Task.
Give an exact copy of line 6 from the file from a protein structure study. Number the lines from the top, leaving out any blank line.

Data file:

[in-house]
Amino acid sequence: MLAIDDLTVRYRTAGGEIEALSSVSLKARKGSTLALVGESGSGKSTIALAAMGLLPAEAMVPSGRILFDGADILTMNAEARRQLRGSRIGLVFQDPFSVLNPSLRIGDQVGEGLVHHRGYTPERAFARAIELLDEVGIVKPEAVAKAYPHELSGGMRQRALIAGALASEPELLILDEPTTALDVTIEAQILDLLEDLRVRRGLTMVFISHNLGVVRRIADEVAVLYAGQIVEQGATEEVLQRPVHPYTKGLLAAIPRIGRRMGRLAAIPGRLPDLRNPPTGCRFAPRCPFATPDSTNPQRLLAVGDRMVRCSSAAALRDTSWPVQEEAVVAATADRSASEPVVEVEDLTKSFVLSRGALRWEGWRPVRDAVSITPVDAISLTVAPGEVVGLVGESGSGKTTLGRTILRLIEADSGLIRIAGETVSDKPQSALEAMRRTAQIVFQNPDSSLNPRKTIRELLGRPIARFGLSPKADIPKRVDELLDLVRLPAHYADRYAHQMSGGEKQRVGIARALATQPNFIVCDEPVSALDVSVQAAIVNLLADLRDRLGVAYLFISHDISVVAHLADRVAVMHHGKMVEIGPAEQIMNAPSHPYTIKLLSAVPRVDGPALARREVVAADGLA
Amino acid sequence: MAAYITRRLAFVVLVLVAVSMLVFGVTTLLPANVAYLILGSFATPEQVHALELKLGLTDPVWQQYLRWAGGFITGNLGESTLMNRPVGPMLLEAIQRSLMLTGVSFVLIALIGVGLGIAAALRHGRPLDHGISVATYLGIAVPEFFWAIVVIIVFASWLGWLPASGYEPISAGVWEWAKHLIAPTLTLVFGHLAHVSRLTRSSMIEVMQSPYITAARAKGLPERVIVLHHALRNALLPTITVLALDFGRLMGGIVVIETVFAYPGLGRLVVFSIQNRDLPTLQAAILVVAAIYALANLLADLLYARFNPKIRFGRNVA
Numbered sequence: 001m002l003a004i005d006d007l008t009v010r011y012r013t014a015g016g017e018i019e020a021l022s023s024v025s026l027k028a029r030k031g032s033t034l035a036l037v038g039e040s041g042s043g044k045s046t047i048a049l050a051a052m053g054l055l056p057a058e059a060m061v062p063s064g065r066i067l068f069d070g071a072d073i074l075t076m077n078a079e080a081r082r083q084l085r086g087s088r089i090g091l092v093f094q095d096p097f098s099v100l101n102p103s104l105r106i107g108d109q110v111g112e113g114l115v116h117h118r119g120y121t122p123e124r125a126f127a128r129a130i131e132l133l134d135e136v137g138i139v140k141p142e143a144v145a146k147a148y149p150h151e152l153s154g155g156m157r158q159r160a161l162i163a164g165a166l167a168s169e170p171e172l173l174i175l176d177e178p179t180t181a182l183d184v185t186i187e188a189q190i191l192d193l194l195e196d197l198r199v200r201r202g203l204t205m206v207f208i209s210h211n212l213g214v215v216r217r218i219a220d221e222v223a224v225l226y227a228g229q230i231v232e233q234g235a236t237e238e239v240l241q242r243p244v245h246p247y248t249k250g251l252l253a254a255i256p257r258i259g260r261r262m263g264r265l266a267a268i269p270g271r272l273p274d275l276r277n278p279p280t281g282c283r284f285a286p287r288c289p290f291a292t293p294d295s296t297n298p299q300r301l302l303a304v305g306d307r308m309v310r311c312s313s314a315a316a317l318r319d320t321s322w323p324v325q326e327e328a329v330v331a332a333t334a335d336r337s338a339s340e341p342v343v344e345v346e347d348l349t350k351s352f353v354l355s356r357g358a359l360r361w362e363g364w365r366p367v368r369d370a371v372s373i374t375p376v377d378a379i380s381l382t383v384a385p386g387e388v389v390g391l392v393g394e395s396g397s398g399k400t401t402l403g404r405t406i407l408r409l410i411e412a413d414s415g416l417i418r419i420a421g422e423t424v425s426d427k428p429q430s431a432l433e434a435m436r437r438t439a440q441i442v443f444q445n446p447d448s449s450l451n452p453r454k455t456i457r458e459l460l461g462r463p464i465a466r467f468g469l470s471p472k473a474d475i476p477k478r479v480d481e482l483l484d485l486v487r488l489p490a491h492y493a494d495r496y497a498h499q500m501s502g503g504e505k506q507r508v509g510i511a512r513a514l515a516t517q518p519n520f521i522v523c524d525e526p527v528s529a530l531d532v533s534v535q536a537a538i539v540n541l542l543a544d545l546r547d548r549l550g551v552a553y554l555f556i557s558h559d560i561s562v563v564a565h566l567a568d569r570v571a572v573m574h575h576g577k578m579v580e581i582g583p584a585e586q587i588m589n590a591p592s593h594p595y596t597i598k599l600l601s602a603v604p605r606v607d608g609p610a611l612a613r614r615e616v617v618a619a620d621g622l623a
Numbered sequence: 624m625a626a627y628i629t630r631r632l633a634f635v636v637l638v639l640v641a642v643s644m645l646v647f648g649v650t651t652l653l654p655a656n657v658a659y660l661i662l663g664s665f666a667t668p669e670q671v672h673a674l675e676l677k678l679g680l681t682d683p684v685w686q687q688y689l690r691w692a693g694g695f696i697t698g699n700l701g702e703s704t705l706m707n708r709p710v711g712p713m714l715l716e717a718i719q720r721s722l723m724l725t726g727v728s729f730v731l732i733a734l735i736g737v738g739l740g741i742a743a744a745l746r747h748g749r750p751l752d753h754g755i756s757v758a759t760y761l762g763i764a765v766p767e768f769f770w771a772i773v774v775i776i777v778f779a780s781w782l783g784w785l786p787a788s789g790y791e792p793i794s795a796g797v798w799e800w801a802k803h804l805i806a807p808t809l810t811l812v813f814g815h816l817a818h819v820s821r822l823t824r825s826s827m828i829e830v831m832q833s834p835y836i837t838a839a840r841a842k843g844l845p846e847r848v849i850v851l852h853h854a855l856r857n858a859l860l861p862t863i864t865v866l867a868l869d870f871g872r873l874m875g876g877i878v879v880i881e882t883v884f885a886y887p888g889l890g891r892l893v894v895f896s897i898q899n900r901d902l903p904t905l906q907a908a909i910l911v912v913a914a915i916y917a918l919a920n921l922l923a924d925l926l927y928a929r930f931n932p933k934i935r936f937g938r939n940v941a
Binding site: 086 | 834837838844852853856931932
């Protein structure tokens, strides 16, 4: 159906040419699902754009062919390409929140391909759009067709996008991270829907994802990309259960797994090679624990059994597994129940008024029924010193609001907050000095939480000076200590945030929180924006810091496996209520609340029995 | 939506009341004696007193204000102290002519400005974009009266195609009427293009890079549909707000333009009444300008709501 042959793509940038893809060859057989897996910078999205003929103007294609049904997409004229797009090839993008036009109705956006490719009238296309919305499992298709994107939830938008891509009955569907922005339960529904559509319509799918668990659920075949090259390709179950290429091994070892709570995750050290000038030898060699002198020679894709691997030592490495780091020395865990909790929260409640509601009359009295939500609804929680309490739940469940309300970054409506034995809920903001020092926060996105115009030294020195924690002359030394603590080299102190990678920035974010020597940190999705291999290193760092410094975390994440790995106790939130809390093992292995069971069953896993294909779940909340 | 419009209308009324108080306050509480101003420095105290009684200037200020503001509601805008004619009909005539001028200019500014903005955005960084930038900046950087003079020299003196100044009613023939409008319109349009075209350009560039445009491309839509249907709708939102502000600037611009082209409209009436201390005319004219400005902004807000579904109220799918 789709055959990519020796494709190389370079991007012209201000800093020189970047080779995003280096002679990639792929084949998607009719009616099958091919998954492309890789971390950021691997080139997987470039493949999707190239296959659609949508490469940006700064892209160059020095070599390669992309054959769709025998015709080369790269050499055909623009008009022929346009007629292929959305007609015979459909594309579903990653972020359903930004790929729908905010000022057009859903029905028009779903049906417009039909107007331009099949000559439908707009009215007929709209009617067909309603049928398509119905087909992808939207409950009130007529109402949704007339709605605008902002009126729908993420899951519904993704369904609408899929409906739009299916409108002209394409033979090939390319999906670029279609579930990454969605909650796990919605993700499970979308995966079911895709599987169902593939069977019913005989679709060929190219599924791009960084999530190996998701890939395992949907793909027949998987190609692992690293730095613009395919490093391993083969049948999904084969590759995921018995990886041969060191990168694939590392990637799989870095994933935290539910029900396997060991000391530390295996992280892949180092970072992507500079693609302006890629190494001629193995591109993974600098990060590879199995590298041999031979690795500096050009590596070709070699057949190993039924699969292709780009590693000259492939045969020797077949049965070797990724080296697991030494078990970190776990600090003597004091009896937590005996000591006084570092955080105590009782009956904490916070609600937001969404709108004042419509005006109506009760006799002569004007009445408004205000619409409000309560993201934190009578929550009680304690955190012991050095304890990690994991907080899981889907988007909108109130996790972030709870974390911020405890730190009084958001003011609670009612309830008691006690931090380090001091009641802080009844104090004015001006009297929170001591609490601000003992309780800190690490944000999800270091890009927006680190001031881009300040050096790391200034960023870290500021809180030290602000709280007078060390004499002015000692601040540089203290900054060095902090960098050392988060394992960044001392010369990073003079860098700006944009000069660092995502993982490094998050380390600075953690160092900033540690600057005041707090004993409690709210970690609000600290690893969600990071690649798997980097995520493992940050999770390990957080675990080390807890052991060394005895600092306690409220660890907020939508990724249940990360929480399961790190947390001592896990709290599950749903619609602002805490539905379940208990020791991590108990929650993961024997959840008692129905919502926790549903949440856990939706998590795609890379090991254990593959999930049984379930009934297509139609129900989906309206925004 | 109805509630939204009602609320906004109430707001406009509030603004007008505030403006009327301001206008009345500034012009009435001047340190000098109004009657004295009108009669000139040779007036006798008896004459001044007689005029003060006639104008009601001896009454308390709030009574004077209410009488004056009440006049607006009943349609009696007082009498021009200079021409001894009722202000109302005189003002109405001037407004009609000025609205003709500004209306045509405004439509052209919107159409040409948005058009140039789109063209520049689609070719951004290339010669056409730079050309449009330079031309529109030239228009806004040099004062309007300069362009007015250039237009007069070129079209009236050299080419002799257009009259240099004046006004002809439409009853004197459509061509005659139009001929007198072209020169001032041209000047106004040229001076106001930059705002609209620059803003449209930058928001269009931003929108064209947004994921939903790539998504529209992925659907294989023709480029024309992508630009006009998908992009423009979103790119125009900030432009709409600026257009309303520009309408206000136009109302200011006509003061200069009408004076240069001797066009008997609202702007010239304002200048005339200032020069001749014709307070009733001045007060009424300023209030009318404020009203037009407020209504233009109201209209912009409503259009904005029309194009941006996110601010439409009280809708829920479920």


Binding site: 086 | 834837838844852853856931932